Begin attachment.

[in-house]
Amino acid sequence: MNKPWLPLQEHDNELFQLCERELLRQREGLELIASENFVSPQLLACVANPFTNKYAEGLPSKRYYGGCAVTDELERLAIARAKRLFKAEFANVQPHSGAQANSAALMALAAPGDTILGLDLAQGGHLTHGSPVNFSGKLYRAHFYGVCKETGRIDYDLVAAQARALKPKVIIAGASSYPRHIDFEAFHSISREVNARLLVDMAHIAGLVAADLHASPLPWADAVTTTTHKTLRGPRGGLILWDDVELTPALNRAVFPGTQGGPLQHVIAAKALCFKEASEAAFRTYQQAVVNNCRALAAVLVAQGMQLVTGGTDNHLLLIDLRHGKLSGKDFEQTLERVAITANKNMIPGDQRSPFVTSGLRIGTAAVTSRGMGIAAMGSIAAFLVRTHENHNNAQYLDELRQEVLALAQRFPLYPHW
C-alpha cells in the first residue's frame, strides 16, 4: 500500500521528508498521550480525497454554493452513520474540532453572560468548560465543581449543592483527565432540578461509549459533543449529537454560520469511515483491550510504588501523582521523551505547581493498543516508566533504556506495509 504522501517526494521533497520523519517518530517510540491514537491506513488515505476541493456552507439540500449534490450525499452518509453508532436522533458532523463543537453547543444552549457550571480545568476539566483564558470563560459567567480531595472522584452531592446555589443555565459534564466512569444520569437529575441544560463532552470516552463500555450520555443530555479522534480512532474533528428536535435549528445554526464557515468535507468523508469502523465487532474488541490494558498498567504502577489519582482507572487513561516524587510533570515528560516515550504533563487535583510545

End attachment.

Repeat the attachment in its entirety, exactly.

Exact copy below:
[in-house]
Amino acid sequence: MNKPWLPLQEHDNELFQLCERELLRQREGLELIASENFVSPQLLACVANPFTNKYAEGLPSKRYYGGCAVTDELERLAIARAKRLFKAEFANVQPHSGAQANSAALMALAAPGDTILGLDLAQGGHLTHGSPVNFSGKLYRAHFYGVCKETGRIDYDLVAAQARALKPKVIIAGASSYPRHIDFEAFHSISREVNARLLVDMAHIAGLVAADLHASPLPWADAVTTTTHKTLRGPRGGLILWDDVELTPALNRAVFPGTQGGPLQHVIAAKALCFKEASEAAFRTYQQAVVNNCRALAAVLVAQGMQLVTGGTDNHLLLIDLRHGKLSGKDFEQTLERVAITANKNMIPGDQRSPFVTSGLRIGTAAVTSRGMGIAAMGSIAAFLVRTHENHNNAQYLDELRQEVLALAQRFPLYPHW
C-alpha cells in the first residue's frame, strides 16, 4: 500500500521528508498521550480525497454554493452513520474540532453572560468548560465543581449543592483527565432540578461509549459533543449529537454560520469511515483491550510504588501523582521523551505547581493498543516508566533504556506495509 504522501517526494521533497520523519517518530517510540491514537491506513488515505476541493456552507439540500449534490450525499452518509453508532436522533458532523463543537453547543444552549457550571480545568476539566483564558470563560459567567480531595472522584452531592446555589443555565459534564466512569444520569437529575441544560463532552470516552463500555450520555443530555479522534480512532474533528428536535435549528445554526464557515468535507468523508469502523465487532474488541490494558498498567504502577489519582482507572487513561516524587510533570515528560516515550504533563487535583510545